Include your employment history. This will go at the end of this resume, but it’s still important to include your full work history, despite any career changes or work gaps. However, because this is at the end of your resume, it will give less emphasis on any of the aforementioned things you may be worried about.
List the organizations and your key contributions. It is also possible to list these things and leave off specific dates, just including a year instead.
List your education history. Include this only if your education is relevant for the job you are applying for. Include the school, area of study, and any relevant skills or achievements you may have obtained during your time there. If it’s not relevant to the job, feel free to leave it off entirely.
The traditional resume is also known as a chronological resume, and is the resume you likely think of when you hear the term “traditional resume.”
The chronological resume works in many instances, emphasizing work history as its focal point. It includes a list of your work experiences. For every job, there are associated start and end dates, your job title or titles as well as an explanation of what you accomplished, or learned, at each position. Traditional resumes list work experience in reverse chronological order, starting with your most recent position and working backward.
This format is beneficial if you have had a steady job in the same industry. Ideally, it will highlight the progression of your professional work in a positive light. However, not everyone has followed a traditional career path.
If you have held jobs in multiple industries with gaps for any given reason, the chronological format may prove to work against you.
So, when do we use a functional resume? This layout is ideal if you do not have a ton of work experience related to the job you are applying for. This is also a great format for those who are in the midst of a career change or those with gaps in employment. The functional resume is also called “skills-based format” and it’s exactly what it sounds like.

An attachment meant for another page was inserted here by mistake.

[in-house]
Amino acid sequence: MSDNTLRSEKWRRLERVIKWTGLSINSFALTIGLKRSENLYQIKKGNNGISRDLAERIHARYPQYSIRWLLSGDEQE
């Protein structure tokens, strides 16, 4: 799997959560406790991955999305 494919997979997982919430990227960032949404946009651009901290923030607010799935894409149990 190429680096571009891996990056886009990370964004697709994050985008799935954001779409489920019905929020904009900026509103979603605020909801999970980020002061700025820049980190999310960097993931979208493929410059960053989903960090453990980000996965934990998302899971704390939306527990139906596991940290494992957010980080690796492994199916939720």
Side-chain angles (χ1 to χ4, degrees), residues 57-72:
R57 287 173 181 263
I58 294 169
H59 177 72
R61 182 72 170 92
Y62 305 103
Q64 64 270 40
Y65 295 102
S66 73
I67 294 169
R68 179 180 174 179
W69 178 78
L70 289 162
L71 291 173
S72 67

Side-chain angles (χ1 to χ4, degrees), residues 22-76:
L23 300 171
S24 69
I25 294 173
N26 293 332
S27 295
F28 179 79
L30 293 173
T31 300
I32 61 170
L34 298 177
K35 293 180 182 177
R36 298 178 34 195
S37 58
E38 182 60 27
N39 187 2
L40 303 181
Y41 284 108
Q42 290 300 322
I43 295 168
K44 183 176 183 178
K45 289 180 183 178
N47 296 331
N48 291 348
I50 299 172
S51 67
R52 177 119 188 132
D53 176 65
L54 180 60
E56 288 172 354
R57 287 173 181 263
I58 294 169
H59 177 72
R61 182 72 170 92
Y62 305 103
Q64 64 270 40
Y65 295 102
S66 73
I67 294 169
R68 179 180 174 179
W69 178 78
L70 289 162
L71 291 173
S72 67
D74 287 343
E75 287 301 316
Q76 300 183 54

Due to it not being organized with your employment upfront, this format can work perfectly for those just entering the workforce for the first time or after a period of time away. This could apply to recent graduates, stay-at-home parents entering the workforce, or caregivers.
Additionally, if you are chasing a career change, the functional resume can work in your favor as well. This layout gives you the change to articulate how certain skills in one industry can transfer in an ideal way to the new job and career you are applying for.
The functional resume will look different for everyone. As mentioned above, you do not need to include a resume summary statement if you so choose, nor do you need to specify exact dates of employment or education, if it is not relevant to the job you’re applying for.
345 State Street, Little Rock, AK | 235-123-6454 | firstname.lastname@example.org
Retail representative with over four years of experience in customer service, team management, and marketing initiatives. Passionate about providing exceptional customer experiences and selling value-add products to customers in need.
Area of Experience
Retail sales, retail marketing, team training, employee training, team management, payroll management, complaint resolution, negotiations, fluency in Spanish
Created a basic marketing plan for our grocery store products on the cash register shelves. Developed testing between four products to see which did best under which marketing copy. Gathered data to improve sales at the register, with a 28% increase in those product sales.
Developed cash register training across the team of new employees and established benchmarks for them to hit across 30, 60, 90 day periods.
Maintain the point-person role for all negotiations for new vendors. This included contract negotiation and budget negotiation. Developed and maintained relationships with all vendors across my time with this grocer.
Customer service manager and training lead: Managed customer inquiries and frustrations. Led the training program for all new employees who joined the team full-time. Helped implement new processes as well as new marketing initiatives.
The University of Arkansas
Bachelor of Arts in English